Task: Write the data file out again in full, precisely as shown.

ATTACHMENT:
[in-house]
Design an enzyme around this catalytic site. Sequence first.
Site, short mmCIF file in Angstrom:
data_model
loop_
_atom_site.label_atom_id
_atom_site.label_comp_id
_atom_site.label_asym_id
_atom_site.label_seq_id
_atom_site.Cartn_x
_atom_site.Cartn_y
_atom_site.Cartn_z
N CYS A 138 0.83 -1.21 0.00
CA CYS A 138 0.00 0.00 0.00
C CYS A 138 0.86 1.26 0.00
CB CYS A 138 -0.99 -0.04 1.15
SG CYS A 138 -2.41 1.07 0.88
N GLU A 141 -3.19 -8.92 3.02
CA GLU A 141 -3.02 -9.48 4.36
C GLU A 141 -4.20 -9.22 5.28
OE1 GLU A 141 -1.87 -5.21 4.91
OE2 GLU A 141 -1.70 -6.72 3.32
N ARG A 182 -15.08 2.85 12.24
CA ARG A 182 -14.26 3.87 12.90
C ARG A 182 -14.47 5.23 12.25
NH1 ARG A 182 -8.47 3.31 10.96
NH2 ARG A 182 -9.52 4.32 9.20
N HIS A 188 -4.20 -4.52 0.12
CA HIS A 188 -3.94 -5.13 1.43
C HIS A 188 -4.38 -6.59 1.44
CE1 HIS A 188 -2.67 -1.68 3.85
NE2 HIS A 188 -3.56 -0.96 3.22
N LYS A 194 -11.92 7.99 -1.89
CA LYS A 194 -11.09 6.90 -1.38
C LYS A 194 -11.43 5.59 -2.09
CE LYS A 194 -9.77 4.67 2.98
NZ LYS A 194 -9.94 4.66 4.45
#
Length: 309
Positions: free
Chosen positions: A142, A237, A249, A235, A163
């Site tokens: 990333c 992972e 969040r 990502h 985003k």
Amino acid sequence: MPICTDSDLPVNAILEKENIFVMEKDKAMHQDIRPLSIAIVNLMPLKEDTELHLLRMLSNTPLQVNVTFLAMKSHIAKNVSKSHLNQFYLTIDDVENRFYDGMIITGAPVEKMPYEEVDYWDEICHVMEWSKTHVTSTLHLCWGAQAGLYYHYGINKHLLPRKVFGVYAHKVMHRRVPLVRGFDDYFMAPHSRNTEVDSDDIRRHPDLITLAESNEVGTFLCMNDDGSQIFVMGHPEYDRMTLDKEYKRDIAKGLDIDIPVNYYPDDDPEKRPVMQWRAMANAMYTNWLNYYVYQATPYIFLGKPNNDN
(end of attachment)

[in-house]
Design an enzyme around this catalytic site. Sequence first.
Site, short mmCIF file in Angstrom:
data_model
loop_
_atom_site.label_atom_id
_atom_site.label_comp_id
_atom_site.label_asym_id
_atom_site.label_seq_id
_atom_site.Cartn_x
_atom_site.Cartn_y
_atom_site.Cartn_z
N CYS A 138 0.83 -1.21 0.00
CA CYS A 138 0.00 0.00 0.00
C CYS A 138 0.86 1.26 0.00
CB CYS A 138 -0.99 -0.04 1.15
SG CYS A 138 -2.41 1.07 0.88
N GLU A 141 -3.19 -8.92 3.02
CA GLU A 141 -3.02 -9.48 4.36
C GLU A 141 -4.20 -9.22 5.28
OE1 GLU A 141 -1.87 -5.21 4.91
OE2 GLU A 141 -1.70 -6.72 3.32
N ARG A 182 -15.08 2.85 12.24
CA ARG A 182 -14.26 3.87 12.90
C ARG A 182 -14.47 5.23 12.25
NH1 ARG A 182 -8.47 3.31 10.96
NH2 ARG A 182 -9.52 4.32 9.20
N HIS A 188 -4.20 -4.52 0.12
CA HIS A 188 -3.94 -5.13 1.43
C HIS A 188 -4.38 -6.59 1.44
CE1 HIS A 188 -2.67 -1.68 3.85
NE2 HIS A 188 -3.56 -0.96 3.22
N LYS A 194 -11.92 7.99 -1.89
CA LYS A 194 -11.09 6.90 -1.38
C LYS A 194 -11.43 5.59 -2.09
CE LYS A 194 -9.77 4.67 2.98
NZ LYS A 194 -9.94 4.66 4.45
#
Length: 309
Positions: free
Chosen positions: A142, A237, A249, A235, A163
């Site tokens: 990333c 992972e 969040r 990502h 985003k």
Amino acid sequence: MPICTDSDLPVNAILEKENIFVMEKDKAMHQDIRPLSIAIVNLMPLKEDTELHLLRMLSNTPLQVNVTFLAMKSHIAKNVSKSHLNQFYLTIDDVENRFYDGMIITGAPVEKMPYEEVDYWDEICHVMEWSKTHVTSTLHLCWGAQAGLYYHYGINKHLLPRKVFGVYAHKVMHRRVPLVRGFDDYFMAPHSRNTEVDSDDIRRHPDLITLAESNEVGTFLCMNDDGSQIFVMGHPEYDRMTLDKEYKRDIAKGLDIDIPVNYYPDDDPEKRPVMQWRAMANAMYTNWLNYYVYQATPYIFLGKPNNDN